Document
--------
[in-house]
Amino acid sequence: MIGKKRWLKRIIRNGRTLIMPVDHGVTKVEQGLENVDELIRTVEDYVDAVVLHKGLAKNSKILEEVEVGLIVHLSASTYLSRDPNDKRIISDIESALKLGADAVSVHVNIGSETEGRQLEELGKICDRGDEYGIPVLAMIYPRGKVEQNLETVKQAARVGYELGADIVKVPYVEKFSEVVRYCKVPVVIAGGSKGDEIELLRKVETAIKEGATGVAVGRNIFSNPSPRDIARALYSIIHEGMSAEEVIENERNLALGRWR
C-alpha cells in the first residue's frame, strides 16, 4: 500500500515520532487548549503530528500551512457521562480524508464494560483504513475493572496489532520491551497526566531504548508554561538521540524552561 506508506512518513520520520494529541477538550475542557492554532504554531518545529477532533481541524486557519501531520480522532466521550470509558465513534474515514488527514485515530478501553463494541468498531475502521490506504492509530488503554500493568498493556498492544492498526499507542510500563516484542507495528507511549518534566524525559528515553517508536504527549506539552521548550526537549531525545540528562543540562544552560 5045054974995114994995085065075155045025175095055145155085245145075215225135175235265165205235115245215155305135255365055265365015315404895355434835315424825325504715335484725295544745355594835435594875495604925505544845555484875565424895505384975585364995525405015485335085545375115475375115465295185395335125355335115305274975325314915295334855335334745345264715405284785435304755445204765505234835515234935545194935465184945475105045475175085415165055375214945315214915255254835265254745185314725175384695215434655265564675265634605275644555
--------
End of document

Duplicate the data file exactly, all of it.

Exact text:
[in-house]
Amino acid sequence: MIGKKRWLKRIIRNGRTLIMPVDHGVTKVEQGLENVDELIRTVEDYVDAVVLHKGLAKNSKILEEVEVGLIVHLSASTYLSRDPNDKRIISDIESALKLGADAVSVHVNIGSETEGRQLEELGKICDRGDEYGIPVLAMIYPRGKVEQNLETVKQAARVGYELGADIVKVPYVEKFSEVVRYCKVPVVIAGGSKGDEIELLRKVETAIKEGATGVAVGRNIFSNPSPRDIARALYSIIHEGMSAEEVIENERNLALGRWR
C-alpha cells in the first residue's frame, strides 16, 4: 500500500515520532487548549503530528500551512457521562480524508464494560483504513475493572496489532520491551497526566531504548508554561538521540524552561 506508506512518513520520520494529541477538550475542557492554532504554531518545529477532533481541524486557519501531520480522532466521550470509558465513534474515514488527514485515530478501553463494541468498531475502521490506504492509530488503554500493568498493556498492544492498526499507542510500563516484542507495528507511549518534566524525559528515553517508536504527549506539552521548550526537549531525545540528562543540562544552560 5045054974995114994995085065075155045025175095055145155085245145075215225135175235265165205235115245215155305135255365055265365015315404895355434835315424825325504715335484725295544745355594835435594875495604925505544845555484875565424895505384975585364995525405015485335085545375115475375115465295185395335125355335115305274975325314915295334855335334745345264715405284785435304755445204765505234835515234935545194935465184945475105045475175085415165055375214945315214915255254835265254745185314725175384695215434655265564675265634605275644555